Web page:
Strengthening Constitutional Self-Government

No Left Turns

Bush and the Amish

Another piece of evidence that Karl Rove is a genius. A taste:

"They knew we didn’t like publicity," said Amos, smiling at the recollection. "So the president met with us all in an office at Lapp’s. He shook everyone’s hand -- even the littlest ones in their mother’s arms -- and he told us all he hoped we would exercise our right and vote."

Did Bush ask them to vote for him?

"Nope," Amos said. "That’s another thing we liked about him."

Discussions - 5 Comments

I’ve read a lot of defenses of Bush’s intellect on this blog before. Why then does Rove get credit for every allegedly smart thing said or done by Bush (esp. on the campaign trail)?? Frankly, this tactic - telling them to simply vote, not vote for the candidate himself - strikes me as neither very original or indicative of "genius." Also, this isolated sentence on the 2nd page of the article just cries out for clarification and elaboration:

"Thinking of Bush’s Christian values even helped with their questions about the carnage in Iraq."

I’d really like to know HOW it helped with their questions, since the Amish don’t approve of warfare and won’t serve in the military (but, since they wish to remain separate from the non-Amish world, will also not actively protest when the government engages in war). Apparently, they’re not swayed by Bush’s rhetoric on the war against terror and evil.

The figures I’ve seen indicate that, at best, Bush scored 30% of the Amish vote in some of their communities. That’s still an impressive figure (for the Amish), but hardly represents a secure hold on the hearts and minds of these Anabaptists.

Interesting to think that a president so close with the oil industry (engines!), corporate farming and the blurring of the church-state line could woo a group that professes:

"As Amish and Mennonites, we believe that God loved the world so much that he gave his only son to die on the cross and that through faith in the shed blood of Jesus we are reconciled to God. We believe that the Bible is the inspired word of God, that as Christians we should live as brothers, that the church is separate from the State, that we are committed to peace, and that faith calls for a lifestyle of discipleship and good works." (highlighting mine)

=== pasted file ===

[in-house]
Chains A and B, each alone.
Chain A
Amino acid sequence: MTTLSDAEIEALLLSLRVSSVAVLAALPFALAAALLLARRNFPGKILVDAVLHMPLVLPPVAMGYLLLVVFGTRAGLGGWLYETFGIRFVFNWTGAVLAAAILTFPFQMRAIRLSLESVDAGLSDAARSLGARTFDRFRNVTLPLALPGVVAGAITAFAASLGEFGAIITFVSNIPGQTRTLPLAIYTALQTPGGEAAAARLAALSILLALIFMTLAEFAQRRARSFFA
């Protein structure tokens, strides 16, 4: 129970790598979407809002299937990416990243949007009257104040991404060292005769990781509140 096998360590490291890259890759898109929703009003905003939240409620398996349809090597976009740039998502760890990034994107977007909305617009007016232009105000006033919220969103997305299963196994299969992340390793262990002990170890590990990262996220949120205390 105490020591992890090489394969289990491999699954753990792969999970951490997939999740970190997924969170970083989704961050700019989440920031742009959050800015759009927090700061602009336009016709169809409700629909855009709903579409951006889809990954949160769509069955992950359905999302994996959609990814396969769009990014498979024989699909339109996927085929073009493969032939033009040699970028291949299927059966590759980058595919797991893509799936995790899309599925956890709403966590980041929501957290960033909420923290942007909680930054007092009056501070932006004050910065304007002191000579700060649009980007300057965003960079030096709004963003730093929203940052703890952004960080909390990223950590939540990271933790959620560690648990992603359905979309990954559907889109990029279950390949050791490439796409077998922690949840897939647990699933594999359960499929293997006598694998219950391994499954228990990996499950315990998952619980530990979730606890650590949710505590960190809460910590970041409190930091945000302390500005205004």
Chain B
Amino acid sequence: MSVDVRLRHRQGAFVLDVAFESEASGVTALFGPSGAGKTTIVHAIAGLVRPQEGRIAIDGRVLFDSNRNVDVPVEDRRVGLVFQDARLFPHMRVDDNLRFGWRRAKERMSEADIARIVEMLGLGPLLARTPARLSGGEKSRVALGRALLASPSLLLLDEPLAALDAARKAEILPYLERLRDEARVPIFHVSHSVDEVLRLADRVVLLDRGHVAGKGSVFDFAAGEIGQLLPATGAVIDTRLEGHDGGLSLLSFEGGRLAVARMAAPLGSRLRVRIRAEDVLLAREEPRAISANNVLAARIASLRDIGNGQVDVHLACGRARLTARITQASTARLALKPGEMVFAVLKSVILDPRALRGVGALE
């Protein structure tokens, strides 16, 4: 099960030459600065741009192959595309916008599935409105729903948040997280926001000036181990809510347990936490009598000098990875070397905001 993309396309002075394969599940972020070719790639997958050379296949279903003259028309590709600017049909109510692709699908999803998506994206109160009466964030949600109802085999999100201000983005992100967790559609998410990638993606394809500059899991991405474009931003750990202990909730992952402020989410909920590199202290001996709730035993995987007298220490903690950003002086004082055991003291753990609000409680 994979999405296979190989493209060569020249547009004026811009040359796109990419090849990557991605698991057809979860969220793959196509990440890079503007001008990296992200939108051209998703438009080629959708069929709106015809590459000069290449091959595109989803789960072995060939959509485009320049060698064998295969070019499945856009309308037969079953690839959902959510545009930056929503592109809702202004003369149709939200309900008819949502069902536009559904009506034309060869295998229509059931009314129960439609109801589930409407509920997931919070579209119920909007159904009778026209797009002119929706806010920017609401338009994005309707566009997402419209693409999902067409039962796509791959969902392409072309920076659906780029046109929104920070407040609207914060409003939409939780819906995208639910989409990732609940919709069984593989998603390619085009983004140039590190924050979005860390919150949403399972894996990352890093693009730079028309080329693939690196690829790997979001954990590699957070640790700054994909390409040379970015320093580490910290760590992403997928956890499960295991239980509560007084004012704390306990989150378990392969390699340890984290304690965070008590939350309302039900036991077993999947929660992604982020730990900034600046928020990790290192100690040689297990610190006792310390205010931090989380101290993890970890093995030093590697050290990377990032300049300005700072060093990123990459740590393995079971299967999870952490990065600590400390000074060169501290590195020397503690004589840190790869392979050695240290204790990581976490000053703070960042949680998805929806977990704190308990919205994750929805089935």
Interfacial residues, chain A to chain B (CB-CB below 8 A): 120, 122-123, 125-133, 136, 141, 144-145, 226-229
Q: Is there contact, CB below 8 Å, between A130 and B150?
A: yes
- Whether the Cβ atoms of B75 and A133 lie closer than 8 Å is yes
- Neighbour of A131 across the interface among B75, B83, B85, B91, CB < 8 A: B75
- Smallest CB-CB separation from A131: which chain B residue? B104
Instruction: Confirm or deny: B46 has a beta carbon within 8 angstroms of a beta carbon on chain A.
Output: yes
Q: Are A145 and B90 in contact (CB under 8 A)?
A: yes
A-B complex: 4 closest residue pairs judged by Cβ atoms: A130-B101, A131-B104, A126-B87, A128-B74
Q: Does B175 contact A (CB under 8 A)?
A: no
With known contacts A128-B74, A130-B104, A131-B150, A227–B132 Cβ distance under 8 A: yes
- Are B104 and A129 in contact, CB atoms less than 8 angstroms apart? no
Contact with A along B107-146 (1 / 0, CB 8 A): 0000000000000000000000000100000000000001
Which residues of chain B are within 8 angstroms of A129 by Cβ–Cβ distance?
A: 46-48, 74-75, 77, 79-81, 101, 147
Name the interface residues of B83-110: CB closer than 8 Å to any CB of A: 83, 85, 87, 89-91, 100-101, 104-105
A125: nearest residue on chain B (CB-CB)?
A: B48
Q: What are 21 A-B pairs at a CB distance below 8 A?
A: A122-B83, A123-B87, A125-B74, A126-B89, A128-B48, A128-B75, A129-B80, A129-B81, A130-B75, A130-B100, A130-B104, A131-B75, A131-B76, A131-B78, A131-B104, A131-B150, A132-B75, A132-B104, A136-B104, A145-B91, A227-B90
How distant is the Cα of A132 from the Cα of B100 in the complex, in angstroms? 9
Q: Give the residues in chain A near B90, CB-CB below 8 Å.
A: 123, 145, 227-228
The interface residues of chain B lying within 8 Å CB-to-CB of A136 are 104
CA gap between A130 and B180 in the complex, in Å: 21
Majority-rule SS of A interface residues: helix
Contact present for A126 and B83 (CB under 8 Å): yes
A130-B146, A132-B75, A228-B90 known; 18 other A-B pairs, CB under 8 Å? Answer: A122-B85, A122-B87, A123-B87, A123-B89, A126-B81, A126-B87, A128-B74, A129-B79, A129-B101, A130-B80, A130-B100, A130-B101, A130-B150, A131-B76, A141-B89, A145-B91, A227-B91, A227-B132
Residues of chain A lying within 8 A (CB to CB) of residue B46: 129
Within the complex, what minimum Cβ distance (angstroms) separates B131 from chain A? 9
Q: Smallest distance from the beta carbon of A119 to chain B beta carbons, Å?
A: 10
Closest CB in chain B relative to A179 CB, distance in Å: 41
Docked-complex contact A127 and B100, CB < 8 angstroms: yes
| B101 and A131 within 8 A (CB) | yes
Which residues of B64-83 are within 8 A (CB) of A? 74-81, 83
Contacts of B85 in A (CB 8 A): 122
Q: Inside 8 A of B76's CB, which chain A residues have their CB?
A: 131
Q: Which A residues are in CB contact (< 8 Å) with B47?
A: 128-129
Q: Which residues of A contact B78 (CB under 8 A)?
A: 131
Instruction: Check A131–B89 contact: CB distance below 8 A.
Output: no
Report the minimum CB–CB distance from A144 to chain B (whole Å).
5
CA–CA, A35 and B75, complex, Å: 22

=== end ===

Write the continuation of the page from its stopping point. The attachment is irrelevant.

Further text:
Remind me not to be facetious again. Some people just don’t get it.

...and here I’d been reading that it was liberal blue-staters who had a monopoly on elitism, arrogance, and condescension. But hey, I "just don’t get it."

I will leave you so you can return to discussions with your uncritical fans.

Thanks for the stimulating "exchange."

At the risk of getting into a long drawn-out debate over this, might I suggest that today’s liberals understand the phrase "the church is separate from the State" differently than do the Amish. Indeed, this is a principle that the Catholic Church has held to rather consistently through its history. Except that it means that religion is to be free from state interference. Nor is it difficult to understand why the Amish would support this sentiment, given that the Anabaptists were subject to official persecution from Catholics and Protestants alike. But to the modern liberal separation of church and state means that religion is to be driven from the public square, and the Amish certainly object to that.

As for the Amish commitment to nonviolence, that is of course undeniable, but if one looks at the Democratic record one finds plenty of incidents of the use of force--look how many times Bill Clinton committed the U.S. military abroad. Given that neither party is committed to the principle, should we be surprised that the Amish were swayed by other considerations, such as gay marriage and abortion?

To M. Wojciany: I’m sorry for reacting only to your first paragraph, and not to the rest of your post. Let me second John Moser’s points with respect to the other paragraphs, adding only that the church-state separationism that you seem to endorse certainly wasn’t the original intent of the First Amendment. If you wish to engage in a civil discussion with me about the meaning of the First Amendment, I’d be happy to do so privately, by email. You can reach me at jknippenberg@ashbrook.org or jknippenberg@oglethorpe.edu.

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